Then Dave suggested > *[T]hat maybe many Y2K problems were avoided precisely because corporations spent billions of dollars fixing it?*

            Finally Larry provided further illumination > *Many institutions did install the Y2K patches, but others did not, even though they were mission critical servers. Bottom line: The servers without the Y2K patches performed as well as the servers with the patches installed. Not a hoax, but certainly a “sky is falling” hysteria that was way over blown. Not unlike AGW.*

            The Y2K problem was a result of the early days of computers. The year was truncated to two digits (IE, 61, 62 for 1961 and 1962). This was done because both memory and storage were costly. The problem came when at the end of December. 1999 when un-patched computers would think the coming new year was 1900.

            Dave is absolutely correct the computer industry and computer users put a great deal of effort to correct the problem.

            Larry is spot on some computer users did not upgrade and there were few catastrophic failures and of the failures fewer still were unrecoverable.

            Finally, Rupert is absolutely correct in his observation that the public hysteria was wholly unwarranted. I remember the City of Portland activating its Emergency Operations Center to be ready to deal with the coming city wide devastation.

            Rupert’s point and the point I would make as well is that the Media, Politicians, the Y2K alarmist crowd whipped public opinion into a frenzy of panic.. No mater how many in the industry called for calm, they were labeled as Y2K deniers.

            This shows the absolute absurdity of the use of consensus, especially in a political context, to validate any argument.

            (Rupert, good to know there is at least one other person still around that knows about CNC industrial tooling.)

        • Rupert in Springfield

          Really?

          My business uses probably about ten computers. Most of them aren’t connected to the internet, they are connected to machinery. I am surprised to learn they control nothing.

          I have one right now that is connected to, and currently running, a $50,000 lathe. I would say that the failure of that computer would matter quite a bit.

          I would also say that, given the amount of computer controlled machinery nation wide, the failure of those computers would also matter quite a bit.

          But, since they generally aren’t connected to the internet, their failure does not matter.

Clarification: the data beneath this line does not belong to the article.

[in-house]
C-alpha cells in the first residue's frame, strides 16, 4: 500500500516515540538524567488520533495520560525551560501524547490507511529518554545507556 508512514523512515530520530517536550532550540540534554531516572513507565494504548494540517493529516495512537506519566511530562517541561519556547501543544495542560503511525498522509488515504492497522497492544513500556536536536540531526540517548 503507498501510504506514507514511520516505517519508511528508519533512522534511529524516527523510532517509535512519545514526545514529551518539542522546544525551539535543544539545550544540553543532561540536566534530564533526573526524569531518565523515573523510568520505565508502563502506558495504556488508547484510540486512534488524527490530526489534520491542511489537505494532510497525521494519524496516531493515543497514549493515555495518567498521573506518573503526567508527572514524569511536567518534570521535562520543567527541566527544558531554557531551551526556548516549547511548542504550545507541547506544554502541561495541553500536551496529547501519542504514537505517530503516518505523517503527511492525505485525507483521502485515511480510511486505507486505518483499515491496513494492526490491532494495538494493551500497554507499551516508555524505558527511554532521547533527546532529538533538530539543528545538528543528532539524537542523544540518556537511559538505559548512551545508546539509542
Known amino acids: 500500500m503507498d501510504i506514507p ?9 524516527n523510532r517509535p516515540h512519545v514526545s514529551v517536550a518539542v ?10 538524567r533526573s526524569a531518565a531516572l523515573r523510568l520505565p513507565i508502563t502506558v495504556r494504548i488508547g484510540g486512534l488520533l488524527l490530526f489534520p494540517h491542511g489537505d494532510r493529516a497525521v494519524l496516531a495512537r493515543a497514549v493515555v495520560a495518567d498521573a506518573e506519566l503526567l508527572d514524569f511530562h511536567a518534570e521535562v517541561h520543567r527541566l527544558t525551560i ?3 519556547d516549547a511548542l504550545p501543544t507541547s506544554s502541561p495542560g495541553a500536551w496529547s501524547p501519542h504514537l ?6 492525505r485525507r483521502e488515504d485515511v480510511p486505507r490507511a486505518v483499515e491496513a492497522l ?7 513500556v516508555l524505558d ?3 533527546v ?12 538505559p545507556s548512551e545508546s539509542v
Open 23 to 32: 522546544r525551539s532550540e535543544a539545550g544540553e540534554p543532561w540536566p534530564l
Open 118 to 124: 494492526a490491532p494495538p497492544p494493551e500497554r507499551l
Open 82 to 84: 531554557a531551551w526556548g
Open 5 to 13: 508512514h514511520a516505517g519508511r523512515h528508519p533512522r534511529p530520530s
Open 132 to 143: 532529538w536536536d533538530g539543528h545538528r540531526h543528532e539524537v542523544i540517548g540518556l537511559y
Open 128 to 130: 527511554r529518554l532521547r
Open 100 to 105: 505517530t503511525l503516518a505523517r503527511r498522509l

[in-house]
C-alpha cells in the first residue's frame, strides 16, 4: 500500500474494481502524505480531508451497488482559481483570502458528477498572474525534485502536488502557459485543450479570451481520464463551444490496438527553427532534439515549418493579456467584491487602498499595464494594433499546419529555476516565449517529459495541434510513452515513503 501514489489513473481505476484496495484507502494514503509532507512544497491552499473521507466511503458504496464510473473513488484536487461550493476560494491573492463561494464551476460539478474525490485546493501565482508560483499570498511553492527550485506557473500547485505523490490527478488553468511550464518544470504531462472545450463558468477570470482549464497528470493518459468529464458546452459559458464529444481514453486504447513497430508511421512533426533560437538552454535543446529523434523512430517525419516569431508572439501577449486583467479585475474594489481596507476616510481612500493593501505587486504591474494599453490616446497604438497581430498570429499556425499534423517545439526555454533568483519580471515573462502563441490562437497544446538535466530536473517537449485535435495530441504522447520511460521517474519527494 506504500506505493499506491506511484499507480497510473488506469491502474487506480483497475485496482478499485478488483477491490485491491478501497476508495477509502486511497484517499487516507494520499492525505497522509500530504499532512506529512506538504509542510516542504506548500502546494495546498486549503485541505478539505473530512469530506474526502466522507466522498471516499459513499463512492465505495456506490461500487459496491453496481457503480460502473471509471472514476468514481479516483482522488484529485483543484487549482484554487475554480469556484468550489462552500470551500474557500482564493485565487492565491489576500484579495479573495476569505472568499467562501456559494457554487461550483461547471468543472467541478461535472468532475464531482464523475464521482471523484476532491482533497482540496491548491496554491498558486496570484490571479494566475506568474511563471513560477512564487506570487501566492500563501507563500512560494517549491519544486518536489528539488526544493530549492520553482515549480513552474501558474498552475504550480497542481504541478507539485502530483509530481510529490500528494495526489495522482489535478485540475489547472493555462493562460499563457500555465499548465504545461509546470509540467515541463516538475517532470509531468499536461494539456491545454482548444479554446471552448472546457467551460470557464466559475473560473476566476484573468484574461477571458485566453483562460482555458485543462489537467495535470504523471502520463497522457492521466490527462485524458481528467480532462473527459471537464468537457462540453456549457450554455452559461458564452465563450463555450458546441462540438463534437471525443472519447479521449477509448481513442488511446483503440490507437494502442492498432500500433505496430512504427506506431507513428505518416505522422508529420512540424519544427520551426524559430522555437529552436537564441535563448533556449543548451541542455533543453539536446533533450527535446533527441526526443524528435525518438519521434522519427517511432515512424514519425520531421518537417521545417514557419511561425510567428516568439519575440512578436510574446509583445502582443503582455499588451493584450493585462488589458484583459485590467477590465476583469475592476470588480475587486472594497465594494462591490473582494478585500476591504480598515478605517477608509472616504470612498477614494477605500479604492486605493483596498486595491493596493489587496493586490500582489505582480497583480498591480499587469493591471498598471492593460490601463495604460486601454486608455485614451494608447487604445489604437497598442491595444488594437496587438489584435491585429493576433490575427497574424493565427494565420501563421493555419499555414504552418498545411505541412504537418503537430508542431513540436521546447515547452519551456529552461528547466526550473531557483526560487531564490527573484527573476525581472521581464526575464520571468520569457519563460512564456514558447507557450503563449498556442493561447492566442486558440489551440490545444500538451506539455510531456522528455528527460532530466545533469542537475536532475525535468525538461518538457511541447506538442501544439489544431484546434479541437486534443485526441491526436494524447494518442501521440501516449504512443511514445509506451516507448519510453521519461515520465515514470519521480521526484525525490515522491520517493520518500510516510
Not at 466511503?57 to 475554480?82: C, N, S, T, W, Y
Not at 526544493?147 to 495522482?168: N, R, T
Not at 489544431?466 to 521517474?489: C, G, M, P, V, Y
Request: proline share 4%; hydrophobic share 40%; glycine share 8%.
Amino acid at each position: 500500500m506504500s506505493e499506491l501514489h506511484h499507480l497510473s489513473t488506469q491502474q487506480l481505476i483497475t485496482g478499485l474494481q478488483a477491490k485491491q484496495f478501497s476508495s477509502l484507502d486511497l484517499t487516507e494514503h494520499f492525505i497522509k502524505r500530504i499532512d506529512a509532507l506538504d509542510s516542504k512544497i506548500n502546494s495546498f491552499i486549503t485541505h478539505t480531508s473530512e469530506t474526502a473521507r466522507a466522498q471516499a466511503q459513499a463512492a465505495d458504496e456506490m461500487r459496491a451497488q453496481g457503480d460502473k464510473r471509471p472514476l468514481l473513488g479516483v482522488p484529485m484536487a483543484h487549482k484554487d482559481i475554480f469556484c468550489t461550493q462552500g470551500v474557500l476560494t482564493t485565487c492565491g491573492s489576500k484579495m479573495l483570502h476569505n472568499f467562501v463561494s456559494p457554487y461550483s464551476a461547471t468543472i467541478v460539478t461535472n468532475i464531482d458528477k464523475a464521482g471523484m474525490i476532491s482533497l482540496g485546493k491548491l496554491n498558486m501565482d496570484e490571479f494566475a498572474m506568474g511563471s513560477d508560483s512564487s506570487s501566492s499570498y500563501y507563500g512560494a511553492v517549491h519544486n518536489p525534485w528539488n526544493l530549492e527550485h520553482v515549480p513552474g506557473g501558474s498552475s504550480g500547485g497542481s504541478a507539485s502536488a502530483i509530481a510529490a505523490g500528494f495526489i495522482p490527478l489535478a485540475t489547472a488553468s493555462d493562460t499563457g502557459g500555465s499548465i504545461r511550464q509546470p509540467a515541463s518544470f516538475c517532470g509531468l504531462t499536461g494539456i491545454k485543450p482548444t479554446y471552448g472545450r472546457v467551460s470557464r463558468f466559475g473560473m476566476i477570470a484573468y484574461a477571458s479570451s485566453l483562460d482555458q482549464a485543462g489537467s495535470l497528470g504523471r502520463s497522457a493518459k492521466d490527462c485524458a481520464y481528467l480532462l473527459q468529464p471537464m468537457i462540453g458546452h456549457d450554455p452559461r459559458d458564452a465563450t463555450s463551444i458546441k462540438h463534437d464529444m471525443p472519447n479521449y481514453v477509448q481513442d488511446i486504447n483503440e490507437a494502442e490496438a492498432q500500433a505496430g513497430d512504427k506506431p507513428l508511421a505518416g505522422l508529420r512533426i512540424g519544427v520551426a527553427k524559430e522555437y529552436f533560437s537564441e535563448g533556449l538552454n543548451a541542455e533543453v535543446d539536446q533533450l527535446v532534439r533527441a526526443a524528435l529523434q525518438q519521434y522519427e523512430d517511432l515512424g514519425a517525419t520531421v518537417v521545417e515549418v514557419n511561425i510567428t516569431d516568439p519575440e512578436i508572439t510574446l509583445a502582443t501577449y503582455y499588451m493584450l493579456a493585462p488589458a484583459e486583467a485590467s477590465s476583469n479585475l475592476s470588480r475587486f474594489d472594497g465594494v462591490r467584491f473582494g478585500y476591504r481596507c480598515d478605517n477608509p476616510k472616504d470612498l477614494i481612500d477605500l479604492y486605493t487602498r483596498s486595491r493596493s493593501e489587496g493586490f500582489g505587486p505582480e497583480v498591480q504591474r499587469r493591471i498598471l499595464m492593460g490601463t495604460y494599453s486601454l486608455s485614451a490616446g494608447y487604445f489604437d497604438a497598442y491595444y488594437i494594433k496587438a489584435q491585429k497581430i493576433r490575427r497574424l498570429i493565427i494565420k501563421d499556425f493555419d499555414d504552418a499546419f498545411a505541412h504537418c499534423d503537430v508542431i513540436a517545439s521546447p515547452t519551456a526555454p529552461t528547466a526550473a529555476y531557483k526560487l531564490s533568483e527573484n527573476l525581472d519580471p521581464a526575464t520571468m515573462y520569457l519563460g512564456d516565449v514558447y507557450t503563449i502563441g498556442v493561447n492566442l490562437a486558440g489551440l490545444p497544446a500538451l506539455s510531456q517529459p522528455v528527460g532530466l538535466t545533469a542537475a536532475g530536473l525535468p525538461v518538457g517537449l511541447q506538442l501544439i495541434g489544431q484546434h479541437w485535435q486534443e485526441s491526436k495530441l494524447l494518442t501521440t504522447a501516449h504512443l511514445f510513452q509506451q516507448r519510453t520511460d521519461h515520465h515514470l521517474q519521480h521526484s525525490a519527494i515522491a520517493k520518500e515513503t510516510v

Interesting theory.

  • Steve Buckstein

    Thanks Ross. Coincidentally, Cascade’s John Charles will testify live this morning at 10:30am before the House Interim Committee on Revenue about what’s wrong with carbon taxes and cap-and-trade schemes. The hearing is streaming live now from Hearing Room F in the Capitol at:
    https://real3.state.or.us:8080/ramgen/broadcast/hrf.rm

    • dean

      Steve…just out of curiosity, Aren’t carbon taxes the preferred free market approach to this issue (assuming it is an issue)? A tax on a pollutant discourages its discharge and makes alternative dvelopment more economical by leveling the playing field, whereas the cap and trade puts more power in the hands of government. So if a carbon tax were paired with other tax reductions, wouldn’t that be something you could support? (Again…assuming carbon is a problem).

      • Steve Buckstein

        Dean, I’m not an expert on this issue, but believe you’re correct that cap and trade does put more power in the hands of government. If carbon itself were really a pollutant that was violating the property rights of others, taxing it may be an approach to consider. For a more knowledgeable view on this, John Charles’ testimony is coming up in a few minutes at the link above. For those who can’t watch it live, I’m sure we’ll post it online soon.

        • Richard K

          > If carbon itself were really a pollutant that was
          > violating the property rights of others, taxing
          > it may be an approach to consider.

          What does *that* mean? If you have no property, you therefore can’t, by definition, be hurt by climate change.

          What about *health* rights?

          • Steve Buckstein

            Richard, in my view property rights include your right to be free from pollutants generated by others that harm your health. So yes, if a pollutant harms your health then there should be a recourse. Of course, the devil is in the details, but I did not mean to imply that only those with property outside their own bodies should be protected.

      • Steve Buckstein

        John Charles full testimony today is now posted here at:

        https://www.oregoncatalyst.com/index.php?/archives/1467-Invited-Testimony-on-Carbon-Taxes-and-Limiting-Greenhouse-Gases.html

        Unfortunately, John’s invited 15 minutes of testimony got cut down to just 5 minutes by the committee chair. So, pro cap and trade/carbon tax supporters got about 85 minutes, and the one critic who was suggesting alternatives got just 5 minutes.

  • Ross Day